Millions saved to public purse by project supporting homeless people to work and save
A new project is helping people at risk of homelessness into stable housing and employment, saving over £2m in costs to society, a new study has shown.
The project combines holistic, person-centred support with a matched savings scheme, encouraging residents to create a savings habit to support themselves in independent living.
The project has supported 47 per cent of its clients into full-time or part-time employment, according to the independent evaluation by De Montfort University. Clients saved a total of £7,543 over the course of the project before matched funding.
The project has created £2m savings which would otherwise have been spent by public services, with £1.3m saved in housing costs, and more than £700,000 non-housing costs, such as support provided for those with a criminal history, the evaluation estimates.
The evaluation states that the partnership model and support scheme can be adapted for use by other organisations. The charities are calling for investment in housing and employment projects like Freedom2Work, to tackle a cycle of unemployment and homelessness which could be exacerbated by the economic impacts of the coronavirus crisis.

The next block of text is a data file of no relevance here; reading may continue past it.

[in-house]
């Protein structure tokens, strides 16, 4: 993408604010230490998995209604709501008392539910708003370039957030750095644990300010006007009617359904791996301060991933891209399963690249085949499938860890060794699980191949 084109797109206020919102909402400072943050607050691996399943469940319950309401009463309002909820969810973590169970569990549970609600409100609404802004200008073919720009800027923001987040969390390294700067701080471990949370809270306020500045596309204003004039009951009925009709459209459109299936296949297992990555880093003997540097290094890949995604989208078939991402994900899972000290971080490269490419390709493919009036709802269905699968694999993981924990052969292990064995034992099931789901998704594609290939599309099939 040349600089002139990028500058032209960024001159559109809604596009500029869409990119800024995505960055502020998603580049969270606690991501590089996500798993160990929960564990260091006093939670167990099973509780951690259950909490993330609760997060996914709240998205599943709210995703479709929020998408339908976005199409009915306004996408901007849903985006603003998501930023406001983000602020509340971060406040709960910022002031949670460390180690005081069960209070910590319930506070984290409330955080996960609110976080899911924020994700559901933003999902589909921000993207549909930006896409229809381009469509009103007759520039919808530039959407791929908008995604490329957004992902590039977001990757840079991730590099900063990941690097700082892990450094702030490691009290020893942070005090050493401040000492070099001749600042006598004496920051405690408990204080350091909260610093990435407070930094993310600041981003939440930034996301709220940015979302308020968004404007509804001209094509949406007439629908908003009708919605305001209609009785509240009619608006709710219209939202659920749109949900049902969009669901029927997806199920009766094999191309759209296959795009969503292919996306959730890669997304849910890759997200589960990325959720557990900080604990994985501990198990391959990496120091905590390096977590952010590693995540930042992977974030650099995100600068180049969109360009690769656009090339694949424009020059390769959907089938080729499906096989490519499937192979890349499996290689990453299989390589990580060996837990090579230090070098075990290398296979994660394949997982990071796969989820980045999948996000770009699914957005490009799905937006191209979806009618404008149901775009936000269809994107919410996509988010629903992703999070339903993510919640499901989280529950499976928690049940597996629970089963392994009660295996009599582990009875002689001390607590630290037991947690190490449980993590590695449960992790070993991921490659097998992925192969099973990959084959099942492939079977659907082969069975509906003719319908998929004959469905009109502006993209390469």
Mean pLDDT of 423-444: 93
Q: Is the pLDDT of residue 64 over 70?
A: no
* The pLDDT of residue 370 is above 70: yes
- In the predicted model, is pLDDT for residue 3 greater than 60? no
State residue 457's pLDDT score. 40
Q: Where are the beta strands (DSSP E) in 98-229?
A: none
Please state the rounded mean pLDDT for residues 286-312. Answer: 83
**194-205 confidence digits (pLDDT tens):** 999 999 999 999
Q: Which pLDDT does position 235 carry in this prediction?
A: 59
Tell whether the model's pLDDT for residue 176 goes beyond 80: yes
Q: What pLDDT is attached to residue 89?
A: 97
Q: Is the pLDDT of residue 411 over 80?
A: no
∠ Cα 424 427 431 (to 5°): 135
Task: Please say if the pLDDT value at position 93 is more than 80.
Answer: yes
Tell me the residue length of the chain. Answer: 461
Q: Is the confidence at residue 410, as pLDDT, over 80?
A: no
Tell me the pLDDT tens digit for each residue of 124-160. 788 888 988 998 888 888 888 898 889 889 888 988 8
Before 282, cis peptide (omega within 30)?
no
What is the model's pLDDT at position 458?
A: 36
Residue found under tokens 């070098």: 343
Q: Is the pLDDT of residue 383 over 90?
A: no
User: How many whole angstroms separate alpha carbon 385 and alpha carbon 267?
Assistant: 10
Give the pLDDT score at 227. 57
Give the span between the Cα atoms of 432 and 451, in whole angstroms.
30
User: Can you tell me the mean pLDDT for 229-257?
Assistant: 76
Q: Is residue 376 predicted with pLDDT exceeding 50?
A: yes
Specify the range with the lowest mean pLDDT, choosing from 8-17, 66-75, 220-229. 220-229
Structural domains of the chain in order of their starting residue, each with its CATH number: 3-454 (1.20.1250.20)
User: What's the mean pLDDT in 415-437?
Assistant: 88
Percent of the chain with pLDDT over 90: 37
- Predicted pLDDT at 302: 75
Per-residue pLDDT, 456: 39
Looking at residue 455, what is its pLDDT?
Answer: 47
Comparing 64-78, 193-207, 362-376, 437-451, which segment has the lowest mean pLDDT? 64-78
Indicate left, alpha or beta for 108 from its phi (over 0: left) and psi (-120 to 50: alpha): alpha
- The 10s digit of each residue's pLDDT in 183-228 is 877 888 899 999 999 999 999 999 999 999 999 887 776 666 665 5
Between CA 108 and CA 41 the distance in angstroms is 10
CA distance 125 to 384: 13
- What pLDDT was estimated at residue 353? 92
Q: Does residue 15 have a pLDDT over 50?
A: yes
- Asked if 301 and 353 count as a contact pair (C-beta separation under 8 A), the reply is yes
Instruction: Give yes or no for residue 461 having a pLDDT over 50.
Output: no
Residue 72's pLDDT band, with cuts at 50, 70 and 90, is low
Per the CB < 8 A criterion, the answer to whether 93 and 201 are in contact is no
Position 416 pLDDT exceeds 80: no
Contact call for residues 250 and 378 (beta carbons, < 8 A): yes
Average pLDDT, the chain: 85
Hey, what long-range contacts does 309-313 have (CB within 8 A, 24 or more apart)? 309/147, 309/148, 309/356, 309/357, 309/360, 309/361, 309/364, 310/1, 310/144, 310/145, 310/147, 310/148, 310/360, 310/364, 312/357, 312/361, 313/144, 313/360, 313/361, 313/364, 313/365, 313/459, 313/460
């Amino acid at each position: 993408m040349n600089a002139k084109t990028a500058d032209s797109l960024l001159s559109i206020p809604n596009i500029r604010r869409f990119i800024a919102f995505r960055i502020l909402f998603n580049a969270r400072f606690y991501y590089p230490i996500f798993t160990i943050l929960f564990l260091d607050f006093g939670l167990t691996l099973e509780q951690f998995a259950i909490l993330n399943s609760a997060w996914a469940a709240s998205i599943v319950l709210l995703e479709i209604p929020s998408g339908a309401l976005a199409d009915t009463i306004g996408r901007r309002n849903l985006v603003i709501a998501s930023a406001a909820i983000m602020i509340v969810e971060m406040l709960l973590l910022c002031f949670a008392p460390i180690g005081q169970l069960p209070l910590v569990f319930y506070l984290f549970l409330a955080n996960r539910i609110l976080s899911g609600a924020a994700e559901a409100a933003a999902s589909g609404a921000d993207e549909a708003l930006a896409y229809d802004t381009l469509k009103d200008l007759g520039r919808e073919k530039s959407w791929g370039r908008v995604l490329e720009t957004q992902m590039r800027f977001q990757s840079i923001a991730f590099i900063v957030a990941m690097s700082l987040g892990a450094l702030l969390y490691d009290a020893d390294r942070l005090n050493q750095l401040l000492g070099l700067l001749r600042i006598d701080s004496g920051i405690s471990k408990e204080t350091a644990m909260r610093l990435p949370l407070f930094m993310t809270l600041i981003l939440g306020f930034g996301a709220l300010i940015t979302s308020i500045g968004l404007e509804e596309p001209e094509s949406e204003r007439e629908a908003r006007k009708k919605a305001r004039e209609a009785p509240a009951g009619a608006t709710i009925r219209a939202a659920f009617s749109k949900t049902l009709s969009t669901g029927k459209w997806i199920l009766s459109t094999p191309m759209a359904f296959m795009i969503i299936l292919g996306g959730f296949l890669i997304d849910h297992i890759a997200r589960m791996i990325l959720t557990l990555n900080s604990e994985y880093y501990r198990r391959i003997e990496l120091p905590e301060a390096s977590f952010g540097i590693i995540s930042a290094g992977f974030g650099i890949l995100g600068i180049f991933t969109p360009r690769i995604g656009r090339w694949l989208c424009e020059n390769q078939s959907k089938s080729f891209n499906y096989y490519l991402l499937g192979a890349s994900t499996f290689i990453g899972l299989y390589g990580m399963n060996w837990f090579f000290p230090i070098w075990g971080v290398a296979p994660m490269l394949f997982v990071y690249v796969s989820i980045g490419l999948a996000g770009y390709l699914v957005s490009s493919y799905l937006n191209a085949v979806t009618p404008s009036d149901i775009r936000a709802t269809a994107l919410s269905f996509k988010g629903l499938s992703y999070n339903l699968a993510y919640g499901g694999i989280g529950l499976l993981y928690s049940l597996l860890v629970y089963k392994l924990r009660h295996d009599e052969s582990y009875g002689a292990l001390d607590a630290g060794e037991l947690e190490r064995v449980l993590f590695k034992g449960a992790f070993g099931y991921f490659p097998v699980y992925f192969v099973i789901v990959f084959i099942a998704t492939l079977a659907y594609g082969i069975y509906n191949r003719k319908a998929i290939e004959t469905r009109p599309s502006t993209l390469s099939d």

Helen Watson, CEO of Rentstart, said: “We are delighted that our homeless clients have engaged with this project, embracing the new opportunities and working towards independent living.”
“Key to this success has been the combination of three factors: our ability to access quality private rented accommodation, creating an environment where clients are able to save and outstanding client support.”Helen Watson – Rentstart, CEO
Ashley Horsey, CEO of Commonweal Housing, said “Supporting and enabling the testing of innovative new models and services like Freedom2Work is at the heart of Commonweal’s charitable purpose.”
“I am pleased that Prof. Richardson and her colleagues consider that F2W is working and delivering savings – to the public purse and to the lives of so many people who are needlessly finding themselves in cycles of homelessness and unemployment. We look forward to promoting this model to organisations working to give people at risk of homelessness the freedom to work.”Ashley Horsey – Commonweal Housing, CEO